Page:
Jessamine is trapped. As all Victorian women were in a sense trapped. She’s smart, she’s desperate, she’s willing to run away and live with Tessa if they can just get away from the Shadowhunters, but no one sees how desperate she is until it is too late. Was she in love with Nate? Probably not. He offered her an escape from the life she was trapped in, and she offered him some useful information. She did betray the other Shadowhunters, people who had taken her in and been kind to her, but she was not in her nature either stupid (no one who managed to cleverly get around the spell on her to communicate to Will where Mortmain really was is stupid) or treacherous. She was in a situation where only bad choices were available to her and she made one.
I do often get this sort of question a lot: “Why did so and so have to die? It was tragic.” And I understand it, because reading tragedy is hard and painful for us all. But tragedy in fiction is an illuminator: without death and tragedy, there are no visible consequences for anything. Without Jessamine’s death, there is no visible consequence for the misogyny practiced against her, against Charlotte and Sophie and Tessa.
That Charlotte is named Consul is a massive victory, but she is an exception, not the rule. Sophie, in surviving what her employer did to her and going on to Ascend, is an exception. Tessa, because of her immense magical power, is an exception.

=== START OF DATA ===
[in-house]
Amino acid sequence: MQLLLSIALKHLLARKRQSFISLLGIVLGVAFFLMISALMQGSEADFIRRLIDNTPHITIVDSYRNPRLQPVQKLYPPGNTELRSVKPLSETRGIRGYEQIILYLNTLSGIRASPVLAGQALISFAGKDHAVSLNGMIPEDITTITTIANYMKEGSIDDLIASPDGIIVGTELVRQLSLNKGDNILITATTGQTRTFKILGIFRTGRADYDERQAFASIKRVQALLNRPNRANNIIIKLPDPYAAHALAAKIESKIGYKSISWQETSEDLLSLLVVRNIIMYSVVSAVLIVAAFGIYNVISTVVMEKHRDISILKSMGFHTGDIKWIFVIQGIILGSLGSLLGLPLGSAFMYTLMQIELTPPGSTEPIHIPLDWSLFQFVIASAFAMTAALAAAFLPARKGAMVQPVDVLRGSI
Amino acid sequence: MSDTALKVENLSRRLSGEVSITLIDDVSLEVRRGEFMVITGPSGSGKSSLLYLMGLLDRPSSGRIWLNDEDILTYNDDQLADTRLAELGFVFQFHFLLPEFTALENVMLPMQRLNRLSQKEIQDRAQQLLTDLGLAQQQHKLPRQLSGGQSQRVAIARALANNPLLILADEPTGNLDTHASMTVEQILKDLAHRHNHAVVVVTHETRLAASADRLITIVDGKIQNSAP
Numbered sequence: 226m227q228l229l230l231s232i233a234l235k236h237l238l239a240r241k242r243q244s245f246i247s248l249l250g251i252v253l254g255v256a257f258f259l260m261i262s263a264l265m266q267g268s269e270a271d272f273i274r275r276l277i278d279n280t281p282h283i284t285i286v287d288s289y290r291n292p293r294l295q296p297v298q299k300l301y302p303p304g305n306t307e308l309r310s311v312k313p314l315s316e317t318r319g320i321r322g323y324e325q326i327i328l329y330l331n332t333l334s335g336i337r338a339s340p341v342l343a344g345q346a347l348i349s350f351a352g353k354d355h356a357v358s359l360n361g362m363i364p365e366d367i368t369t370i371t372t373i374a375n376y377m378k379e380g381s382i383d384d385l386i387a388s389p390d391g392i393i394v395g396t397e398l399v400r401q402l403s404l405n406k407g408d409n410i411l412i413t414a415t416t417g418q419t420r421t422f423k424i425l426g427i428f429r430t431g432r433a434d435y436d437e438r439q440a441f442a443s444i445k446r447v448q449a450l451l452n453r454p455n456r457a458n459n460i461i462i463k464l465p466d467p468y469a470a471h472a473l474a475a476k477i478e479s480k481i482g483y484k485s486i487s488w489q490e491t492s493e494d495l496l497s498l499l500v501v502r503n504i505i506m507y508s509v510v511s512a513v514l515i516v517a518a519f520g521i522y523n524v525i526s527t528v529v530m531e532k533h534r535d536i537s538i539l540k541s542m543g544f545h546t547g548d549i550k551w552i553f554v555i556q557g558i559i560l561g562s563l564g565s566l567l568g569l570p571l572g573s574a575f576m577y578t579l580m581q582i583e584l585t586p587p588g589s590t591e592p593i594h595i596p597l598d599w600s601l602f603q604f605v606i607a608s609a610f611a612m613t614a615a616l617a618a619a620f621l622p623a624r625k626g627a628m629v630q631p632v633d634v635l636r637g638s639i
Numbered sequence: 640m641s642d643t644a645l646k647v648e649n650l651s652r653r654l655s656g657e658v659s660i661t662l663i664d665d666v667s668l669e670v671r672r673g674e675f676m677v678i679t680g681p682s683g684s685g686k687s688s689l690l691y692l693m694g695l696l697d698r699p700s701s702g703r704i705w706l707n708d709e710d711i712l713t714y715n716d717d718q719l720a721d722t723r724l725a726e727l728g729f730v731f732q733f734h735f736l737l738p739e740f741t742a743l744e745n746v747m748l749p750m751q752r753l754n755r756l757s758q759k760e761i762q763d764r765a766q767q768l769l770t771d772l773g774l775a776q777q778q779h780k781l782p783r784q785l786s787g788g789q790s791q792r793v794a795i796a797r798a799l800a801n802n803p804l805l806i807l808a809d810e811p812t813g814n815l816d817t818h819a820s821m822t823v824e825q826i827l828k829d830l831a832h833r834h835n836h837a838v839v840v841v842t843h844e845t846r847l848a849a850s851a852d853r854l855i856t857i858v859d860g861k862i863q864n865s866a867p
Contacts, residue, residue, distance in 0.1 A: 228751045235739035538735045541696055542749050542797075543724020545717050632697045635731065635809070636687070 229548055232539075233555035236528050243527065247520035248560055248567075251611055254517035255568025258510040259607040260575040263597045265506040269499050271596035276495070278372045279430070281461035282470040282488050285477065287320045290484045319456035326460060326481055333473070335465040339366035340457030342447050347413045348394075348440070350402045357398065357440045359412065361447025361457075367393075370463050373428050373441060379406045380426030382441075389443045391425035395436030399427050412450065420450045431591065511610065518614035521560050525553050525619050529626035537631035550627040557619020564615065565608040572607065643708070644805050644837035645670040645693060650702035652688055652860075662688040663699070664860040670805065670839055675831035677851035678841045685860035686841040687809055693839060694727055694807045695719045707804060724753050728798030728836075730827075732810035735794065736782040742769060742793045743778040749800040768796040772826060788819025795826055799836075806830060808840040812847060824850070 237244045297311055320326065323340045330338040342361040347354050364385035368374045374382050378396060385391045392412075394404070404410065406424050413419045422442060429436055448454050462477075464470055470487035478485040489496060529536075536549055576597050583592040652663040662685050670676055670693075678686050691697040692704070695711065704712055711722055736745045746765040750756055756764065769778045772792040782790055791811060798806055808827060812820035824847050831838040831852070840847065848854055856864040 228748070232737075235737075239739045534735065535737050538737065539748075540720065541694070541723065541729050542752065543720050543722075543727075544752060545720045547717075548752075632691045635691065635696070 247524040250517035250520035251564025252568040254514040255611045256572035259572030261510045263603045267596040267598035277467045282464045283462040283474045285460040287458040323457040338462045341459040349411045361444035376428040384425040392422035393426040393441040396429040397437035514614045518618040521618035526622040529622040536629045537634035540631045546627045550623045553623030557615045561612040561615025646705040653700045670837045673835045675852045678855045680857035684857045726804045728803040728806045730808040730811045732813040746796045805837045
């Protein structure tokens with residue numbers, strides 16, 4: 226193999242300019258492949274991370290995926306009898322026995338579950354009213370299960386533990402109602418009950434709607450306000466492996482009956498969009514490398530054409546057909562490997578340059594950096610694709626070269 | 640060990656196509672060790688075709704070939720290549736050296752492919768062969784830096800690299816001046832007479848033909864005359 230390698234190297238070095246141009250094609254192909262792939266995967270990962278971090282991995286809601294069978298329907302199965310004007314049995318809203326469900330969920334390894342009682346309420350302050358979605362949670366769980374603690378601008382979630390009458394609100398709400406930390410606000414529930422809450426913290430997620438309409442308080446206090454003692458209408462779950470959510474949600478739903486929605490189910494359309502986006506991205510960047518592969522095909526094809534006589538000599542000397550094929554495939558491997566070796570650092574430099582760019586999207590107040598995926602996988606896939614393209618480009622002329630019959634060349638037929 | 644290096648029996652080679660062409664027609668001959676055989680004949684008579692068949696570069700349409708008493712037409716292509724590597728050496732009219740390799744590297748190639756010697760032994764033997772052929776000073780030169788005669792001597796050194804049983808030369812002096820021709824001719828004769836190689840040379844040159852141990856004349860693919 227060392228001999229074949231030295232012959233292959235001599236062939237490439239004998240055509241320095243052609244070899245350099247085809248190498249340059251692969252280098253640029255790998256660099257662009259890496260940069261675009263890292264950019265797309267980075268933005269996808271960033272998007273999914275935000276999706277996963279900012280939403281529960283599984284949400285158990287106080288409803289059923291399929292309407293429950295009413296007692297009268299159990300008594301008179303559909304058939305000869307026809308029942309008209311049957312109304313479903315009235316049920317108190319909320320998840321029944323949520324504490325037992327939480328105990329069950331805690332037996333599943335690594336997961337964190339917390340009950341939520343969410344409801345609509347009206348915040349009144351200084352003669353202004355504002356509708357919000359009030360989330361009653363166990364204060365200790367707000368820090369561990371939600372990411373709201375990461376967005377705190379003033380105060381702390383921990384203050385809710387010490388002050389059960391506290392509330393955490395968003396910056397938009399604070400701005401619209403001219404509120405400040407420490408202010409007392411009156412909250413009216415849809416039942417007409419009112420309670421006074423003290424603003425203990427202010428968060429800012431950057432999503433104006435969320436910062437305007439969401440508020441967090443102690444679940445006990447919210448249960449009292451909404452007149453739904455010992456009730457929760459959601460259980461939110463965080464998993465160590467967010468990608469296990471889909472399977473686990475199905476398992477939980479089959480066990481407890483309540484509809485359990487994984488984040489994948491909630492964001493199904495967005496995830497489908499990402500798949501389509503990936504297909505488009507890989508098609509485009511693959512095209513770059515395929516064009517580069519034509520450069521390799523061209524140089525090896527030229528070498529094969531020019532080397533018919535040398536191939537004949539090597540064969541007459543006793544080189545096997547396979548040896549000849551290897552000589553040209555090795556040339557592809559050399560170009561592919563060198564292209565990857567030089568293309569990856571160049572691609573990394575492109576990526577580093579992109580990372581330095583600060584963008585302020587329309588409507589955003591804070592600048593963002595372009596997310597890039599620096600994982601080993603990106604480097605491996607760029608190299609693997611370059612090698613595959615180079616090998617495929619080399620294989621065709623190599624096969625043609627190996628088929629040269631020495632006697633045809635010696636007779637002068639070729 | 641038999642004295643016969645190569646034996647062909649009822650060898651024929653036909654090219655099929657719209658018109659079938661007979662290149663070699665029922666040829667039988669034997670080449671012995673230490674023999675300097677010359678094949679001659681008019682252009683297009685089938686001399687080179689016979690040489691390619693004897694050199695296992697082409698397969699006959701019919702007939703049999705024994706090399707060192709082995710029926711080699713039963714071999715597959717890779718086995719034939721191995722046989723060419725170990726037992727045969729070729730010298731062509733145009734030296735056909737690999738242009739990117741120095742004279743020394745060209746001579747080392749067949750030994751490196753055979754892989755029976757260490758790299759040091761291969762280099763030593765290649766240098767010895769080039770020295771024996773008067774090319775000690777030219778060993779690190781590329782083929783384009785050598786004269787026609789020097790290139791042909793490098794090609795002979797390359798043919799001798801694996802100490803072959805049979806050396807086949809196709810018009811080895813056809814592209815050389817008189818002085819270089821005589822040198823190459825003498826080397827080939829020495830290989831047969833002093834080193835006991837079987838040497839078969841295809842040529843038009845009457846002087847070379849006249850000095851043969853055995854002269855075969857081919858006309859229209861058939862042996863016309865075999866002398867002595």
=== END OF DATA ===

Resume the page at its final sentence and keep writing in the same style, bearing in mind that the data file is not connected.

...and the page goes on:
Not everyone can be an exception.
The world was a terrible and dangerous place for women in the 1870’s — by which I don’t mean that women walking down the street might be attacked at any moment. I mean their agency and personhood was under attack. Jessamine’s story is a story about being trapped and having no good options, because that was often if not always the situation for women in that era. It’s often the situation for women now. She’s obviously more sinned against than sinning, but there was literally a war against women at the time. There are five important women in the TID books; four of them survive the war. One doesn’t. The lesson of Jessamine and what the world and the Clave did to her will live on, into the lives of the descendants of the survivors. Into TLH.
"Tessa: what would you tell Jem if he questioned you about your burnt hand?" I said it was an accident.
"Gabriel: Would you date Cecily out of revenge?" Who’s Cecily?
"Tessa, who is better kisser: Jem or Will?" Oh dear, very improper, but they are both…well, it’s imposisble to choose!
"Magnus: would you ever date a shadowhunter?" I should think not.
SPOILERS FROM CP
Nate and Tessa discuss Jessamine while she isn’t around.
“You know,” said Nate, “I’m feeling rather parched—I think I’d like some tea. If we could ring for a servant?”
“Oh, dear, you must be parched. I’m afraid I’ve been a most negligent hostess.” Jessamine rose, all distress. “There are no bells in the library, but I’ll get Sophie and have her ask Agnes to make up a tray for you.”
She hurried from the room, smoothing her skirts down as she went. Nate watched her go with an appreciative glance before turning back to Tessa, who shot him a dubious look.
“You don’t really want tea,” she said. “You hate tea.”
“I do, but I love my little sister.” He grinned at her. “You were looking miserable. I take it you don’t like Jessamine much? Why not? She seems delightful to me.”
“She is delightful to you. Not so much to the rest of us." Tessa thought of Jessamine clinging to her in Hyde Park and hesitated. "It’s just—she’s like a child. Cruel sometimes and kind other times, at a whim. Other people aren’t real to her. Of course she likes you—you’re not a Shadowhunter. She despises Shadowhunters.”
“Does she?" Nate’s voice deepened the way it did when he was genuinely interested in something.